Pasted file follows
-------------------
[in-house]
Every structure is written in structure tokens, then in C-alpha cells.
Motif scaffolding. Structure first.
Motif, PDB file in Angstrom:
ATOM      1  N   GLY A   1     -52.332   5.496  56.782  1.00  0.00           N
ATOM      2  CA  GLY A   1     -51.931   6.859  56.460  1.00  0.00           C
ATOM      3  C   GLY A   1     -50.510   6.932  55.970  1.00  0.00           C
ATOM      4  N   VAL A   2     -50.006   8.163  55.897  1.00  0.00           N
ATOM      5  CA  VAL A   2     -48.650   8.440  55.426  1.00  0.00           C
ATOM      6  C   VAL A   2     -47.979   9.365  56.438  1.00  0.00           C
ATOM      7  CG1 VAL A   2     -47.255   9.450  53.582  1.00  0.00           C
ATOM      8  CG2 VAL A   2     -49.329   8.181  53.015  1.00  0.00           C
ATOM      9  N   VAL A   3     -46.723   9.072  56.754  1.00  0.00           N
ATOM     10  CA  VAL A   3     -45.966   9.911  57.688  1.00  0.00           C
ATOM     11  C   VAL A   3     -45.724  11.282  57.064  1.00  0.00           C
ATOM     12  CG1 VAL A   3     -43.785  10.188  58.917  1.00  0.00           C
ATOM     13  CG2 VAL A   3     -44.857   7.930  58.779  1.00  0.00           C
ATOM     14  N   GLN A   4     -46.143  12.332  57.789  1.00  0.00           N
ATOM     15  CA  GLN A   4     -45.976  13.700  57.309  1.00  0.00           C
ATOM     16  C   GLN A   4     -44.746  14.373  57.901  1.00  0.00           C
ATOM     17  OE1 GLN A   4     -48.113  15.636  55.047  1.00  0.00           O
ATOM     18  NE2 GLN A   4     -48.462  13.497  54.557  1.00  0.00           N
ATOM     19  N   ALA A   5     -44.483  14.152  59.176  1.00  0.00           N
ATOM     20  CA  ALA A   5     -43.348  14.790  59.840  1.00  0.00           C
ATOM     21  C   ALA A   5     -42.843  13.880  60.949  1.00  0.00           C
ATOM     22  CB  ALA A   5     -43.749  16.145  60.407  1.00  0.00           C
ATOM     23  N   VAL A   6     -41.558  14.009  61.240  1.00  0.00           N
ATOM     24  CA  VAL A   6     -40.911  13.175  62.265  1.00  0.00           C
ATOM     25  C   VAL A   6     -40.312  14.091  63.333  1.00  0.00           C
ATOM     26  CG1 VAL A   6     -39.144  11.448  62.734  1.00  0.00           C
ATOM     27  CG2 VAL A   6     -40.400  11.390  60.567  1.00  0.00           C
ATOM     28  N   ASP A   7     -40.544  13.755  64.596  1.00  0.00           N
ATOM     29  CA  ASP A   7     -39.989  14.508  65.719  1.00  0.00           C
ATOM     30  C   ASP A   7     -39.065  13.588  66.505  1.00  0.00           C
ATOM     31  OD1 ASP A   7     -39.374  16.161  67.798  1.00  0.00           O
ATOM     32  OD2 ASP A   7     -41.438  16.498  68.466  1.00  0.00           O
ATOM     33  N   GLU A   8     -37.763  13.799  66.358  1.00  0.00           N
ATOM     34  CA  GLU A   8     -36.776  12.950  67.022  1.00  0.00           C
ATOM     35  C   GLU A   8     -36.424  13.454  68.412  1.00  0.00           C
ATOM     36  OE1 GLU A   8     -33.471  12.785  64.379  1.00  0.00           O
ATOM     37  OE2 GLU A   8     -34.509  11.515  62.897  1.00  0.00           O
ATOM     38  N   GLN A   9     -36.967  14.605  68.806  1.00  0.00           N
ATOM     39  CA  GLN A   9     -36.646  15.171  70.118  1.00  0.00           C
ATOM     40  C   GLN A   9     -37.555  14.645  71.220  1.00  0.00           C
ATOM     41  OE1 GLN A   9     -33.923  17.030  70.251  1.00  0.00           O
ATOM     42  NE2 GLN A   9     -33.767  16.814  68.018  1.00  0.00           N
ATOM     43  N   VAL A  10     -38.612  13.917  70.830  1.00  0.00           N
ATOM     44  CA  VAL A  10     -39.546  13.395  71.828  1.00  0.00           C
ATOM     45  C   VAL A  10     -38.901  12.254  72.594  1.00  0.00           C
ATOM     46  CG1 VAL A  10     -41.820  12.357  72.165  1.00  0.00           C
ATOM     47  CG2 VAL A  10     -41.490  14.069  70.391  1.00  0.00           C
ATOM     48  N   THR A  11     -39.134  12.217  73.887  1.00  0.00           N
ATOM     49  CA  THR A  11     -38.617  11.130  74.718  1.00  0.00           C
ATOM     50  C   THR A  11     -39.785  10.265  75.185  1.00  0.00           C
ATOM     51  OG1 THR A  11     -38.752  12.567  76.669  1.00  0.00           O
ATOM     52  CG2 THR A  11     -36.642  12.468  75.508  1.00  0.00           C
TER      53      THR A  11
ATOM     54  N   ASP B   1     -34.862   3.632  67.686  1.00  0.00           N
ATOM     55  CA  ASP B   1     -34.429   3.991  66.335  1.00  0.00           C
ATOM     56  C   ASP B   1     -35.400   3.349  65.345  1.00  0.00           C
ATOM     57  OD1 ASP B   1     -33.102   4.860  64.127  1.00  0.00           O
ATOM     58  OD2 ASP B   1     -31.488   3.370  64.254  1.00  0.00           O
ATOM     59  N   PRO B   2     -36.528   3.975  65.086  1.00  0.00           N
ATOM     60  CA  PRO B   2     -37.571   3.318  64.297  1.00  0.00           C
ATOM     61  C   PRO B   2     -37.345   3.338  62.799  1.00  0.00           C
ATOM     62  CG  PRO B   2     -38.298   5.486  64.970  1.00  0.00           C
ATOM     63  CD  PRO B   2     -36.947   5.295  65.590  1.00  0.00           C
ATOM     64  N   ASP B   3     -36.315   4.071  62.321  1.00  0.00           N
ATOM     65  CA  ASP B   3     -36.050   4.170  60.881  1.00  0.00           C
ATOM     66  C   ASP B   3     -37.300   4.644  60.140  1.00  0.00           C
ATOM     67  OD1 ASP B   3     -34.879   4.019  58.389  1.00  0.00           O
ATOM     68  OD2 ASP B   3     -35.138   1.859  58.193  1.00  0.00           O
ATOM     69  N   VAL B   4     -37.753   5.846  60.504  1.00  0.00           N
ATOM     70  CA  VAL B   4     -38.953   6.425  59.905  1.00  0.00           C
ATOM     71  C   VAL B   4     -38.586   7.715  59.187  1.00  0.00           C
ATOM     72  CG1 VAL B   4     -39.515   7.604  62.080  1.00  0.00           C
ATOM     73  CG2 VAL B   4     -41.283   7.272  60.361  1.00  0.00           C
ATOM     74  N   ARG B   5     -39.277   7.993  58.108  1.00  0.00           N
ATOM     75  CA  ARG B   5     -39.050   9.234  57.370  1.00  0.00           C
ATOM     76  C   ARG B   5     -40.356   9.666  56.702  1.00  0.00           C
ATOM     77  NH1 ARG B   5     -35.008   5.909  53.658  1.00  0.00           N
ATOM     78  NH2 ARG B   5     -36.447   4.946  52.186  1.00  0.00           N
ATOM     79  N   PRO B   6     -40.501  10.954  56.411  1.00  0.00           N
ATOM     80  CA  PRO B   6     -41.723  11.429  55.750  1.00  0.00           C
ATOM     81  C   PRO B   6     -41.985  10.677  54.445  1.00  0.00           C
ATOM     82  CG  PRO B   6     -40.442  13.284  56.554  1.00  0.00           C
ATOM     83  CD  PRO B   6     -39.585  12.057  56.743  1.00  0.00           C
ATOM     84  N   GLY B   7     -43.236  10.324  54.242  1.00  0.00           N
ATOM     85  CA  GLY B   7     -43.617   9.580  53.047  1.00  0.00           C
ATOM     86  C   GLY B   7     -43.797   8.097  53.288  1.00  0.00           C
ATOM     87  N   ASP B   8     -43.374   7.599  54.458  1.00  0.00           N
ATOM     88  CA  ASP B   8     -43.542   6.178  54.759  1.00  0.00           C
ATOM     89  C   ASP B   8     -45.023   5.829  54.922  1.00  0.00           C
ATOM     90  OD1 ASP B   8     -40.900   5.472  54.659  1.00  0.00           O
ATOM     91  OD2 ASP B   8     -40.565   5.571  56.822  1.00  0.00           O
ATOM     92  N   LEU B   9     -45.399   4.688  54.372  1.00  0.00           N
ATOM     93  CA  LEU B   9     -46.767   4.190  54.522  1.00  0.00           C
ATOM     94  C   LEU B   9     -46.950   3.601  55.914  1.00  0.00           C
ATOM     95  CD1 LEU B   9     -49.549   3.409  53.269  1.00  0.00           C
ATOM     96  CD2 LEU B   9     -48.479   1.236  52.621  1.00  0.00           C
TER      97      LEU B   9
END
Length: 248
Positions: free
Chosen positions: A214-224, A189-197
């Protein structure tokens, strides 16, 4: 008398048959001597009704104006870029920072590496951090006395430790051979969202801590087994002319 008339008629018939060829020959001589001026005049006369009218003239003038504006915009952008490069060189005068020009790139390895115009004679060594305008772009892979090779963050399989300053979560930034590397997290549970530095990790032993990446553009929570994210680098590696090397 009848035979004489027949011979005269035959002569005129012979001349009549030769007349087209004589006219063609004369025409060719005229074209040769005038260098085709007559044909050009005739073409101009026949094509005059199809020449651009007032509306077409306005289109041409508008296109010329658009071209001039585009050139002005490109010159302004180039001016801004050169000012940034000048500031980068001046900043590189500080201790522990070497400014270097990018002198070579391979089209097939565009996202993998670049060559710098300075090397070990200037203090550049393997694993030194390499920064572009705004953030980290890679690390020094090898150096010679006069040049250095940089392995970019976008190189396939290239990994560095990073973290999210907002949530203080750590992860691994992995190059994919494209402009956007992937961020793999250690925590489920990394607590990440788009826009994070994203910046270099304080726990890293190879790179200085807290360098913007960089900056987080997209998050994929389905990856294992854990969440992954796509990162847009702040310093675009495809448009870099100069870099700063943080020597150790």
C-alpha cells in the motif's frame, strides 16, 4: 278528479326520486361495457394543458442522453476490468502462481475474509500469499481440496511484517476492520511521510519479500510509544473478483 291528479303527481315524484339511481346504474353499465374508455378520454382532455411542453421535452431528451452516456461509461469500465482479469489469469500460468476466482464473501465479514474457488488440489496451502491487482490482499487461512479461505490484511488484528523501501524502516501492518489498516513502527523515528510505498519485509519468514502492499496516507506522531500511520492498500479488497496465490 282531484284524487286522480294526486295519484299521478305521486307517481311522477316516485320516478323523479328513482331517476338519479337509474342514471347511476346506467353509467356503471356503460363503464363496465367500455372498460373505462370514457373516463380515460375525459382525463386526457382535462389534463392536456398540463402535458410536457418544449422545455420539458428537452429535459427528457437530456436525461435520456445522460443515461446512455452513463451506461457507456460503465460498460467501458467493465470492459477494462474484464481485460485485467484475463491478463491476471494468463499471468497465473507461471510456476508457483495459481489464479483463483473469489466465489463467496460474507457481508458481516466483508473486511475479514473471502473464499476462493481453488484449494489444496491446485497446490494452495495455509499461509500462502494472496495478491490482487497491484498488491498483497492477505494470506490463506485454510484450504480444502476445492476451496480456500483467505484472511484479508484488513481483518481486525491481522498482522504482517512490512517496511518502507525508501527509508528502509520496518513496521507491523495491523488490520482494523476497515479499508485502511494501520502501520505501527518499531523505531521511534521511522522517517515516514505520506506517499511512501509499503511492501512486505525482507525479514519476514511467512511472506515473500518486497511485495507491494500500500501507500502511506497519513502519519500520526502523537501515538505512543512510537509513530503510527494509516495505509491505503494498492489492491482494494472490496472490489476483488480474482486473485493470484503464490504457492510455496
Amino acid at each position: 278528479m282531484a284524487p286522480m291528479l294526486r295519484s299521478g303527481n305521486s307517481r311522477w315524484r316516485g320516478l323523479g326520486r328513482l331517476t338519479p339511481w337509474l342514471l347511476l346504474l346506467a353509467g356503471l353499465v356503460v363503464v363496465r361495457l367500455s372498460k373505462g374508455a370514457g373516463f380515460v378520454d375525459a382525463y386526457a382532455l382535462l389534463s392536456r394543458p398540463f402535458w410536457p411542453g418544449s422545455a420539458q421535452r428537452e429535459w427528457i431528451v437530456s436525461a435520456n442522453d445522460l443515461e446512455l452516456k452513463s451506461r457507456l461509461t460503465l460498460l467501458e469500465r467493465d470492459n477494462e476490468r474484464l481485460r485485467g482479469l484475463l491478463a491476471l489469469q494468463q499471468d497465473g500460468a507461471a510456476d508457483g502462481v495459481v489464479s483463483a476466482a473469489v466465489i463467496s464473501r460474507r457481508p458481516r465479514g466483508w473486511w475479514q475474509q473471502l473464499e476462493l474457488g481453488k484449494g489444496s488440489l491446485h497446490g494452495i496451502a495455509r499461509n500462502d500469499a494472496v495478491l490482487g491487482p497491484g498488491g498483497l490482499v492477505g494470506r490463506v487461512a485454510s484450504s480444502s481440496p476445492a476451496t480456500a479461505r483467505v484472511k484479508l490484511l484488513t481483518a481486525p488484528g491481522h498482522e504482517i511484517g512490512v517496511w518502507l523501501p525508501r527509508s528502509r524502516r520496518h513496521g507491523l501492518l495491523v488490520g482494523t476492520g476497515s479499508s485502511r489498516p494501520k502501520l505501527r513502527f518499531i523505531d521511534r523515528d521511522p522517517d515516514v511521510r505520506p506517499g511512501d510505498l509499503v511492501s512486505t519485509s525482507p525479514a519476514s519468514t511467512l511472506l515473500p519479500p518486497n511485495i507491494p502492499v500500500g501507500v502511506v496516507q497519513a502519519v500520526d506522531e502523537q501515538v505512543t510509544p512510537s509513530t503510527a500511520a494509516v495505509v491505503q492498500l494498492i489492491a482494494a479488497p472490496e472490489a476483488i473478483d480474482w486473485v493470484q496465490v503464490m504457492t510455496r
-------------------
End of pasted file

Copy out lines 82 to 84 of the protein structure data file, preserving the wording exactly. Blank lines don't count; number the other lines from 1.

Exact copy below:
ATOM     78  NH2 ARG B   5     -36.447   4.946  52.186  1.00  0.00           N
ATOM     79  N   PRO B   6     -40.501  10.954  56.411  1.00  0.00           N
ATOM     80  CA  PRO B   6     -41.723  11.429  55.750  1.00  0.00           C